Janzu for jangled nerves
I am in my swimsuit, I've been writing all morning, I'm boiling hot and a little uptight. This is the first janzu I've ever had. The therapist, Manuel, has kind eyes and greets me in a wetsuit. He gives me a clip to put on my nose, and I step into a large pool filled with clean salt water. I have no idea what to expect. I'm a little fearful and check the nose clip more than I need to. Manuel then puts one arm under my legs, and the other under my head, and I lie back. He begins slowly swirling me in the water, getting my body to gently twist, slowly to the left, then to the right. I close my eyes. I enjoy the flow of my limbs through the water, but am holding up my head, trying not to allow the salt water into my eyes, and am still tense.
Manuel proceeds with his moves, and I slowly begin to relax. My legs, arms and back are gently manipulated, as the weight of the salt water holds me up. Manuel is at my feet, waving my body like a sheet. He is at my head, zigzagging me from side to side. Gradually, I stop trying to hold my head up and just let go. My forehead and eyes submerge underwater but I have my eyes closed, and they don't sting. Rather, I begin to enjoy the play of light over my eyelids, and the feel of the warm salt water on my face. I listen - the whirl of the water under the surface sounds muffled and comforting.
When Manuel completely submerges me under the water I am taken by surprise. I close my mouth, and wait. But with each new movement, I gain confidence, and am enthralled by the feel of the surrounding warm water and the infused light from the sun above the surface. I now completely trust Manuel, and that the pressure of the water will always pop me up to the surface. My back arches and I feel free, like a dancer. I am curled up, and I feel trusting, like a baby. I am stretched out, feet crossed, and twirled around, and I feel like a sea snake, rolling and playing.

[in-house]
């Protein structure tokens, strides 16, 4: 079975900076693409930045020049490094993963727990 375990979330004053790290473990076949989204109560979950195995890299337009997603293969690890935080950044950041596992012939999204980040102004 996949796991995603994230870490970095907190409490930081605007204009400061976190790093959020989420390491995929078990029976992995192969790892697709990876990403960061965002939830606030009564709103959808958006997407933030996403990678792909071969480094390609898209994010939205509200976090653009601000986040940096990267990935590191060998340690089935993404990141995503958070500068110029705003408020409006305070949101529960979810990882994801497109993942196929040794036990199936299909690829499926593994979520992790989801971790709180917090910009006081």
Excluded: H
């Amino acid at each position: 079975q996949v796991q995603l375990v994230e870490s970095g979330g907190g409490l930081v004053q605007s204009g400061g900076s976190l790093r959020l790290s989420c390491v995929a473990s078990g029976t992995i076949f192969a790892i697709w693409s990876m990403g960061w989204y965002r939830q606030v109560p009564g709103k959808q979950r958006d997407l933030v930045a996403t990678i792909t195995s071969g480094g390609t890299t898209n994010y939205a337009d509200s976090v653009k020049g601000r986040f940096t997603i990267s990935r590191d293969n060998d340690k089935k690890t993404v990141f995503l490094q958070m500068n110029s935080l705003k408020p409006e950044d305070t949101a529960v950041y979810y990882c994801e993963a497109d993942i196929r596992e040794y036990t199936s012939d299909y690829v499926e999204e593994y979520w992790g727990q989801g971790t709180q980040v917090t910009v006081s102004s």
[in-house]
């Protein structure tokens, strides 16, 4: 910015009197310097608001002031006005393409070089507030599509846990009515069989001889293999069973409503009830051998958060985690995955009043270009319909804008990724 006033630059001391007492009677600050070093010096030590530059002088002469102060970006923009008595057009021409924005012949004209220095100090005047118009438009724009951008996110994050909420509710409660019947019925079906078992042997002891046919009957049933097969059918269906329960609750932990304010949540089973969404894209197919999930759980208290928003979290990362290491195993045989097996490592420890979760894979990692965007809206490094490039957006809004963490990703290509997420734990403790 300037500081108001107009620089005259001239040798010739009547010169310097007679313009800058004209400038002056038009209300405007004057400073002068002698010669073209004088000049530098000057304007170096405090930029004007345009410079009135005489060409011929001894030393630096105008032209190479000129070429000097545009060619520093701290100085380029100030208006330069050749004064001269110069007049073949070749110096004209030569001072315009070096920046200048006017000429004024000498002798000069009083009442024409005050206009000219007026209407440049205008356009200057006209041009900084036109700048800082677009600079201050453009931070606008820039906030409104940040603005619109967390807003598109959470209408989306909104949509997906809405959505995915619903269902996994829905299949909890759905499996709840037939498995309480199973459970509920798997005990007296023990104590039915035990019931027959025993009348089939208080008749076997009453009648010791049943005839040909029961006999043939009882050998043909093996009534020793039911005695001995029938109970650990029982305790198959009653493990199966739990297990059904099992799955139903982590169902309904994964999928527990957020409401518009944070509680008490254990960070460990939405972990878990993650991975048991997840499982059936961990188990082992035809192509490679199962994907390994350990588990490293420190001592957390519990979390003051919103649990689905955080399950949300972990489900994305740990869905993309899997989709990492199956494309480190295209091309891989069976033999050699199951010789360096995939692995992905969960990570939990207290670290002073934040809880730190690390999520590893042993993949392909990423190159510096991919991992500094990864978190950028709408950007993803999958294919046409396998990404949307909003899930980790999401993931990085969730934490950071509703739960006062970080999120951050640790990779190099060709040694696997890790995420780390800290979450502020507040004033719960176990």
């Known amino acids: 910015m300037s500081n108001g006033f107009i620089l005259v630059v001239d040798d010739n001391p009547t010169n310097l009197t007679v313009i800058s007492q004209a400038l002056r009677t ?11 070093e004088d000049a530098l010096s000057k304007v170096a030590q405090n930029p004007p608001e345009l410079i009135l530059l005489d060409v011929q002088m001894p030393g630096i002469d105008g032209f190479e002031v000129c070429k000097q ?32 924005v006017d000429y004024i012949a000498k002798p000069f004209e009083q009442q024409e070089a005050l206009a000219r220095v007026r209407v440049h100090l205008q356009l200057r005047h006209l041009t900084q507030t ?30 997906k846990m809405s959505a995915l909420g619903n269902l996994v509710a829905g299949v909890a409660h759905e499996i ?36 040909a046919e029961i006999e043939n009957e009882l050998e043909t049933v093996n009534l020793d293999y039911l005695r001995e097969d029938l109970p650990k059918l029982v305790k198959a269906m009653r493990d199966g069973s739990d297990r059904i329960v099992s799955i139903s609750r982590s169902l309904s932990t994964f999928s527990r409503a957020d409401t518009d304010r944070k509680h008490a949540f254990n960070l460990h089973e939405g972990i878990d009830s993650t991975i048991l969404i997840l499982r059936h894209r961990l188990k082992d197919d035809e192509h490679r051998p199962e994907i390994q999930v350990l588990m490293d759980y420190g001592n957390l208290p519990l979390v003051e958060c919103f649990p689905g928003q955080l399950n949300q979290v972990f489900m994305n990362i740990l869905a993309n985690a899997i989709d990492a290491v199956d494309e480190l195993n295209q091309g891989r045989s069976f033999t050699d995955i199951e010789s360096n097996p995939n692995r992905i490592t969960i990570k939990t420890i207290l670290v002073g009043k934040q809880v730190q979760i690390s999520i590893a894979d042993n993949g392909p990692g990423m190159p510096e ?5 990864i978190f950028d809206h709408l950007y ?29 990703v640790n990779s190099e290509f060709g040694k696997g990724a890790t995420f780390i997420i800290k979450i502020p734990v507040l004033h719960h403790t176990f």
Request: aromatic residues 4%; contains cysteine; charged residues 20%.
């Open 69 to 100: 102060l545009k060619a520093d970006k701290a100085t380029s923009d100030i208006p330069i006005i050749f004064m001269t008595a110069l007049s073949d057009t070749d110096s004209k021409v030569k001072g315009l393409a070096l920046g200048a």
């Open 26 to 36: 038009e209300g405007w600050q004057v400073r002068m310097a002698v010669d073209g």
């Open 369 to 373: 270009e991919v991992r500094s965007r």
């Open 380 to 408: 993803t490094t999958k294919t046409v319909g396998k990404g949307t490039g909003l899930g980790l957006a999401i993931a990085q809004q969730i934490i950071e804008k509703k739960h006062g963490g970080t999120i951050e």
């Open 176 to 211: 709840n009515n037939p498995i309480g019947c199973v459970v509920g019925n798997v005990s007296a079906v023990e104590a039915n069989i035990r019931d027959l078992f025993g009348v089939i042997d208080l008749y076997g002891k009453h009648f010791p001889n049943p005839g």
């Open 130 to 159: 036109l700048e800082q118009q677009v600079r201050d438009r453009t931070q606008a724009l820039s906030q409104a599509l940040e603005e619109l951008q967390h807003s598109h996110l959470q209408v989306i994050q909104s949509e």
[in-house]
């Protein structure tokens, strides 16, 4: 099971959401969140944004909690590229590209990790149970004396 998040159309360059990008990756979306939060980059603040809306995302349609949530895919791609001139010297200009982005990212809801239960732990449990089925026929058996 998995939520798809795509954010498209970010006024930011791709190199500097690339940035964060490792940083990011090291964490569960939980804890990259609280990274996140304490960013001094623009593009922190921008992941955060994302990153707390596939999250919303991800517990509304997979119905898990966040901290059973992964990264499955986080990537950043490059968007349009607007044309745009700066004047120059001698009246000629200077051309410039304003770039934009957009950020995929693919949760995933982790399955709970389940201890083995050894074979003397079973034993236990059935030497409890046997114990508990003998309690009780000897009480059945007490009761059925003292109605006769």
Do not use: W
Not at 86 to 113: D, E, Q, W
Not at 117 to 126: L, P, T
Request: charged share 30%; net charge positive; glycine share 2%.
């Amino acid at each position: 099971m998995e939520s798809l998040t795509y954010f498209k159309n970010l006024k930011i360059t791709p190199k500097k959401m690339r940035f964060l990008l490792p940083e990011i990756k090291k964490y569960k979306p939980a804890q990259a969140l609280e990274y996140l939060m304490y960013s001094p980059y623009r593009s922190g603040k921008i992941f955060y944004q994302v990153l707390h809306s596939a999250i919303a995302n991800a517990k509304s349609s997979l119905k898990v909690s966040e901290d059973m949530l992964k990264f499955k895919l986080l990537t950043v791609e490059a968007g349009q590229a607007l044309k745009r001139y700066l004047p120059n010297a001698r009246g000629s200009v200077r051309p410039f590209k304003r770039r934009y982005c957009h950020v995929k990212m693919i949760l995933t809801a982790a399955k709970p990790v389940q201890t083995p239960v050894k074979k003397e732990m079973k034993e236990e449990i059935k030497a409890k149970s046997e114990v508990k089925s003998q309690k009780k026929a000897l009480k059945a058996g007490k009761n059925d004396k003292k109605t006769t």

I am unaware of how much time has passed. My eyes have been closed for the whole time and I am floating in my head. I am taken to areas of the pool where there are jets of water and held there in a foetal position. I hear increasingly loud underwater sounds, which play over my ears and face, waking up my senses. Gradually the sounds fade, my head is lifted and I am put on a stone seat in the shallows. "Thank you," says Manuel. Shouldn't that be my line? I feel as if I have let go of something I didn't need and want to have a janzu every day for at least a week. For the rest of the day I feel calm, light and intensely happy.
Being in water makes all movement naturally slower, so it's an exceptionally good place to have a body therapy. Janzu is often seen as a rebirthing therapy, with the water representing the amniotic fluid of the womb and this was very much my experience, though I was sceptical when I first heard about it. I had mine in a very large hydrotherapy pool, but it can be done in smaller pools. More and more spas around the globe are putting it on their treatment menu.
The better known Watsu is another wonderful water therapy, a kind of floating massage developed in California in the early 1980s. It combines the stretching and gentle acupressure of a shiatsu with the relaxing effects of being weightless in warm water to rebalance body and mind, and is especially helpful for those who suffer from stress, disrupted sleep patterns or low immunity. If you just want to be left alone to chill, try flotation therapy, which was first discovered by Nasa scientists to simulate a zero-gravity environment. You float in an enclosed tank full of salt and mineral water heated to body temperature. Being isolated from external stimuli in a weightless environment totally relaxes the muscles and joints, improves sensory awareness and brings about a deep feeling of well-being.
Caroline Sylger Jones is the author of Body & Soul Escapes and Body & Soul Escapes: Britain and Ireland, compendiums of places to retreat and replenish around the world. See www.carolinesylgerjones.co.uk
Updated: June 22, 2009 04:00 AM